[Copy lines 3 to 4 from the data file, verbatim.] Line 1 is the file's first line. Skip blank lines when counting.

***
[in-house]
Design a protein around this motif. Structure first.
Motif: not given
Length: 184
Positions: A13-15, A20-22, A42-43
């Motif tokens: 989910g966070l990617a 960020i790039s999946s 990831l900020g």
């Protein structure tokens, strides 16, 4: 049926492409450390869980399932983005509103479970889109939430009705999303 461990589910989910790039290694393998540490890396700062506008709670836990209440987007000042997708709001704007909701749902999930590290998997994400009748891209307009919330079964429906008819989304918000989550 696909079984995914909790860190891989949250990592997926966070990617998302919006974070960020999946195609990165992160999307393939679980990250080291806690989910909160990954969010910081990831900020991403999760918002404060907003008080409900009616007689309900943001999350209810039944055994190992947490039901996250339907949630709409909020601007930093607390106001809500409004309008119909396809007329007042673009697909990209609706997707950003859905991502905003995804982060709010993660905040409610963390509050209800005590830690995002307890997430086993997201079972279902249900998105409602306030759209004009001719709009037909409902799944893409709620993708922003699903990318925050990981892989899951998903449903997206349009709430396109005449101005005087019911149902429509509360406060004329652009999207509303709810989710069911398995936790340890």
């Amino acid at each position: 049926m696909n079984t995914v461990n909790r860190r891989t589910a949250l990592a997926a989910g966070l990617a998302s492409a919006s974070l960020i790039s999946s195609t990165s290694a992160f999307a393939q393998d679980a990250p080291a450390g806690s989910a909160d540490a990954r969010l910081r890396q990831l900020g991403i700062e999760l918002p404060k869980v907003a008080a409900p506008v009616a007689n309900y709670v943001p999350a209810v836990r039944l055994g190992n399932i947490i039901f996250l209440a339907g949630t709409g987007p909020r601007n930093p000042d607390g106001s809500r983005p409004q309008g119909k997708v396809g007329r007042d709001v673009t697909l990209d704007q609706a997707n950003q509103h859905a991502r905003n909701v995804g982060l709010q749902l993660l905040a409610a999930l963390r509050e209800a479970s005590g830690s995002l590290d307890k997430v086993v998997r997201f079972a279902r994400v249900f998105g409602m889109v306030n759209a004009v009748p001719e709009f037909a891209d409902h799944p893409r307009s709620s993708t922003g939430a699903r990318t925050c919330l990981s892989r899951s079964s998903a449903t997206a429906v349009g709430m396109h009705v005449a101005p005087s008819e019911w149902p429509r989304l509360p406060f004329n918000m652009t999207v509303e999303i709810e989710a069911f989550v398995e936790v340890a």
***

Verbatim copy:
Motif: not given
Length: 184